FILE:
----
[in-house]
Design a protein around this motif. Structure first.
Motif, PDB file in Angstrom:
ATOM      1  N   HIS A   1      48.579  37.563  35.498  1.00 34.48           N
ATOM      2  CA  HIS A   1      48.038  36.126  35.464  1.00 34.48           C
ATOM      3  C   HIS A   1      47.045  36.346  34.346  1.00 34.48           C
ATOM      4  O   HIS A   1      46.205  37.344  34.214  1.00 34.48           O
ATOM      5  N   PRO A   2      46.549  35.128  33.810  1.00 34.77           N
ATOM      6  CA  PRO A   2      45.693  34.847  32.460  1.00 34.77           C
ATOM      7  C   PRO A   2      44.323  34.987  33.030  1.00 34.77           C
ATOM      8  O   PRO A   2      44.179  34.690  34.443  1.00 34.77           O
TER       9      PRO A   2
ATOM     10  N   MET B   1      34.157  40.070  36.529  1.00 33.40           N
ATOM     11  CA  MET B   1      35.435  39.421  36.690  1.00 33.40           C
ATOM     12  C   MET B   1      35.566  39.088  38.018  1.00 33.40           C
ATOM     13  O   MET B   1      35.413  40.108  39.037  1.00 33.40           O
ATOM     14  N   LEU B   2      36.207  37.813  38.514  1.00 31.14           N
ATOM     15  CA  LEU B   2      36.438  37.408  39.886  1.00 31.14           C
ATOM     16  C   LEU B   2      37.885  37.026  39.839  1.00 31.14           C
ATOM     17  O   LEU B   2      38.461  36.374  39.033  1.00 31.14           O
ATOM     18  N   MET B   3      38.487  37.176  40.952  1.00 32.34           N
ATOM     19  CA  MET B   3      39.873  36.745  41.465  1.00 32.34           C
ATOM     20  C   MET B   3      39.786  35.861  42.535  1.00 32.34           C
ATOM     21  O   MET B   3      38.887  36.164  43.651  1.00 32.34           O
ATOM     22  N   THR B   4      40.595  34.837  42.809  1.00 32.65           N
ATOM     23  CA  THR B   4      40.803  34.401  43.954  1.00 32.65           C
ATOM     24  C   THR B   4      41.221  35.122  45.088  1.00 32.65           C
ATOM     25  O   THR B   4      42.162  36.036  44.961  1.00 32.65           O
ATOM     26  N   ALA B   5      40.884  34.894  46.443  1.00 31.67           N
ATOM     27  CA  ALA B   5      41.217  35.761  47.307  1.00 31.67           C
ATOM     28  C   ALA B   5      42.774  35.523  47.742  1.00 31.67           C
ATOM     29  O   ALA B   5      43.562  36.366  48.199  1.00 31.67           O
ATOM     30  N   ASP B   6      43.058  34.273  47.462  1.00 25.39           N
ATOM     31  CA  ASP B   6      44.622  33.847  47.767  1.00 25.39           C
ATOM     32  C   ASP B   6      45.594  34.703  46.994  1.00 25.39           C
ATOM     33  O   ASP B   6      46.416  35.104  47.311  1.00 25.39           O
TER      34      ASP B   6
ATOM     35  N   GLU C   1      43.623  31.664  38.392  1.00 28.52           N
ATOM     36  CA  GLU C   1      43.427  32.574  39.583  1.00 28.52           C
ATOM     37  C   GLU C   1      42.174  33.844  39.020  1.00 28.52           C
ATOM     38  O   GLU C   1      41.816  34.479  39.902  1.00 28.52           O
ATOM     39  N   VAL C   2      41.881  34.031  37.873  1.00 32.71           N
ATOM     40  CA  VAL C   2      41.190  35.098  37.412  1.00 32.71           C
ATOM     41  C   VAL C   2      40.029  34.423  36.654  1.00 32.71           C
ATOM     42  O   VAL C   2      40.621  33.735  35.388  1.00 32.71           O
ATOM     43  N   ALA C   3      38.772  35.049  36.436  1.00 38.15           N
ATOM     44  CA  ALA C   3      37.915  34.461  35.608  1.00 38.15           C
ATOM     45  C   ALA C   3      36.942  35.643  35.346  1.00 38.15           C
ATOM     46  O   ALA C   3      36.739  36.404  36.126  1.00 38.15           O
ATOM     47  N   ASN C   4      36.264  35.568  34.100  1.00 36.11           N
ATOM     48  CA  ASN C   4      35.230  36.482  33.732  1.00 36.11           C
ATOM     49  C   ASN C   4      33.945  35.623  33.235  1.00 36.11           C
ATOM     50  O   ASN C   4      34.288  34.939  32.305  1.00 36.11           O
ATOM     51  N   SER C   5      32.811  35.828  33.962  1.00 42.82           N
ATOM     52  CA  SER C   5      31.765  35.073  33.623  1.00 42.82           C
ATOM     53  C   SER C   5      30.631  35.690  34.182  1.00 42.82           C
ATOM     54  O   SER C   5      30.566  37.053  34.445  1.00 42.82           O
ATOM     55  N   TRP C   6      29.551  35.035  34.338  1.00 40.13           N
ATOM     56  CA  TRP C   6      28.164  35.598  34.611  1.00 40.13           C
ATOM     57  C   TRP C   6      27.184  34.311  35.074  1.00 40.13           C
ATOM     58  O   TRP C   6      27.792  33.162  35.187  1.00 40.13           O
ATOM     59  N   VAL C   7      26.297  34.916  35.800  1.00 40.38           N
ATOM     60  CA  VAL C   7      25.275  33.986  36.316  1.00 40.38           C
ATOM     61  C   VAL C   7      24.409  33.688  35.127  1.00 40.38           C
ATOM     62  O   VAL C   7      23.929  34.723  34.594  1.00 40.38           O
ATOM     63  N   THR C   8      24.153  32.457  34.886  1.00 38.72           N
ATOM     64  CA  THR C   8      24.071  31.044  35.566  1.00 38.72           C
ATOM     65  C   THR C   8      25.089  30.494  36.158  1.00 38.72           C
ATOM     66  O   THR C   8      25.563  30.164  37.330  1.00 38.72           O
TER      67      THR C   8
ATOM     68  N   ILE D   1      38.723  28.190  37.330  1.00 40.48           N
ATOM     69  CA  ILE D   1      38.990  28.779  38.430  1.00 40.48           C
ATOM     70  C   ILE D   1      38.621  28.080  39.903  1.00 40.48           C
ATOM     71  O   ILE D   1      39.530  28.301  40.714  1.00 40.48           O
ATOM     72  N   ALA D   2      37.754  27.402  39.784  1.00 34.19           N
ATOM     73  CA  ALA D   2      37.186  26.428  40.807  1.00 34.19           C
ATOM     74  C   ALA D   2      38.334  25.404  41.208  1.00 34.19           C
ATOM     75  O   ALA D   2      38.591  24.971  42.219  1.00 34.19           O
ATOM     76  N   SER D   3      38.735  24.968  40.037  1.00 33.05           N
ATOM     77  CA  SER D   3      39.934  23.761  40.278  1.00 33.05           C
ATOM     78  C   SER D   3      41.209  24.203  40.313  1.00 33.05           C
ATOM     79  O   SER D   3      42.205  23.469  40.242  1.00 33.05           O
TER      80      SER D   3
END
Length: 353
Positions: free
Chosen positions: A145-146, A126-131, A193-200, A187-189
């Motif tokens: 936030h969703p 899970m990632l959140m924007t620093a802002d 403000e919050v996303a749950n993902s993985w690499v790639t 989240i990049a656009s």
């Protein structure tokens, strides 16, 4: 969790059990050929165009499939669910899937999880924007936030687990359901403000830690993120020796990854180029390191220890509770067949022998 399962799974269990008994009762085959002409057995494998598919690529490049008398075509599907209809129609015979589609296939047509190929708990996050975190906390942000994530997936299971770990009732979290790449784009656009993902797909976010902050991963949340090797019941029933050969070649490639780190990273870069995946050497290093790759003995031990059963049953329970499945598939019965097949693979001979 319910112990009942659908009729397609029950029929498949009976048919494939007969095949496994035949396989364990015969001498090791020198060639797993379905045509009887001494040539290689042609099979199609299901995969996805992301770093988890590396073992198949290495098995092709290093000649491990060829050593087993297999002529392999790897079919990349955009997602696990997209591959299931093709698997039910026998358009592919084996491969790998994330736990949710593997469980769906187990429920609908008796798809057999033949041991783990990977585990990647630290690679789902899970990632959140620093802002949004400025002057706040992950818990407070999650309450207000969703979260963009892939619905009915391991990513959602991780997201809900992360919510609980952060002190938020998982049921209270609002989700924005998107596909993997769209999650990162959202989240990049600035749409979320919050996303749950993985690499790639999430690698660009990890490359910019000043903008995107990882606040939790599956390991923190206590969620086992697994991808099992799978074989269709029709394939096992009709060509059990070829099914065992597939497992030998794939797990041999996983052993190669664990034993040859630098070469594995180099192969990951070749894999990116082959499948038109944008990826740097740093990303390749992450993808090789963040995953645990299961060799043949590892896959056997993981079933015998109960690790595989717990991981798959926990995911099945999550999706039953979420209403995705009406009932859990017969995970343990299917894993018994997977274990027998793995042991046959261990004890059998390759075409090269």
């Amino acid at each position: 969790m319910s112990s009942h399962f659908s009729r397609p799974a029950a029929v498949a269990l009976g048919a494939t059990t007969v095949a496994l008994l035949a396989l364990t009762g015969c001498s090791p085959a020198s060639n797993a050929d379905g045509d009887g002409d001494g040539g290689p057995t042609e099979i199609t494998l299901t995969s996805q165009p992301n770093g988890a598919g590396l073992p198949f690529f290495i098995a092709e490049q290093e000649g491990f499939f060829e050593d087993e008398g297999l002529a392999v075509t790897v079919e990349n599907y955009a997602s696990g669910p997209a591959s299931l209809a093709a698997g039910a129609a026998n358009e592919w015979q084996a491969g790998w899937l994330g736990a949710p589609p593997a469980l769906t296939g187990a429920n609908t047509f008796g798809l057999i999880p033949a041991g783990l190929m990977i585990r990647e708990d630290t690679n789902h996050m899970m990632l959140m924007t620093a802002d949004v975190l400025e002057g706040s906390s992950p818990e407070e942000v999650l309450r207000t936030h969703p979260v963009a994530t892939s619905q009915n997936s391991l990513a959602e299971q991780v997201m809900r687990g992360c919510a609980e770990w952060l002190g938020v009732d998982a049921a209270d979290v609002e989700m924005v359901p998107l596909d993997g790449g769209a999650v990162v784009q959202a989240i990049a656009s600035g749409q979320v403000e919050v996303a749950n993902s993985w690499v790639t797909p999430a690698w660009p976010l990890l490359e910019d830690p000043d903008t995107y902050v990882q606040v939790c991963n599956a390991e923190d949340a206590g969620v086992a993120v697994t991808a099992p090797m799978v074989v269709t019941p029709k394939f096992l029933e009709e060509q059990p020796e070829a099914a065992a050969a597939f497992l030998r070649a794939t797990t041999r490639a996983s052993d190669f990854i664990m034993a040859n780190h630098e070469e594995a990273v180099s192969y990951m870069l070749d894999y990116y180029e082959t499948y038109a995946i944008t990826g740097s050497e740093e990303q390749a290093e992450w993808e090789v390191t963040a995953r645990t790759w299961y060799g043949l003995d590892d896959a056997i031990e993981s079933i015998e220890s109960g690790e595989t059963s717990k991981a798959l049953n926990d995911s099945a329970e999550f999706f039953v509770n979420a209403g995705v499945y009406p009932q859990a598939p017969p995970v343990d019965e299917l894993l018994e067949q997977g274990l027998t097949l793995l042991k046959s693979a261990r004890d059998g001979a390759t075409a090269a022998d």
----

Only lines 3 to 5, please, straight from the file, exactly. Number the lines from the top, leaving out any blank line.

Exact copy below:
Motif, PDB file in Angstrom:
ATOM      1  N   HIS A   1      48.579  37.563  35.498  1.00 34.48           N
ATOM      2  CA  HIS A   1      48.038  36.126  35.464  1.00 34.48           C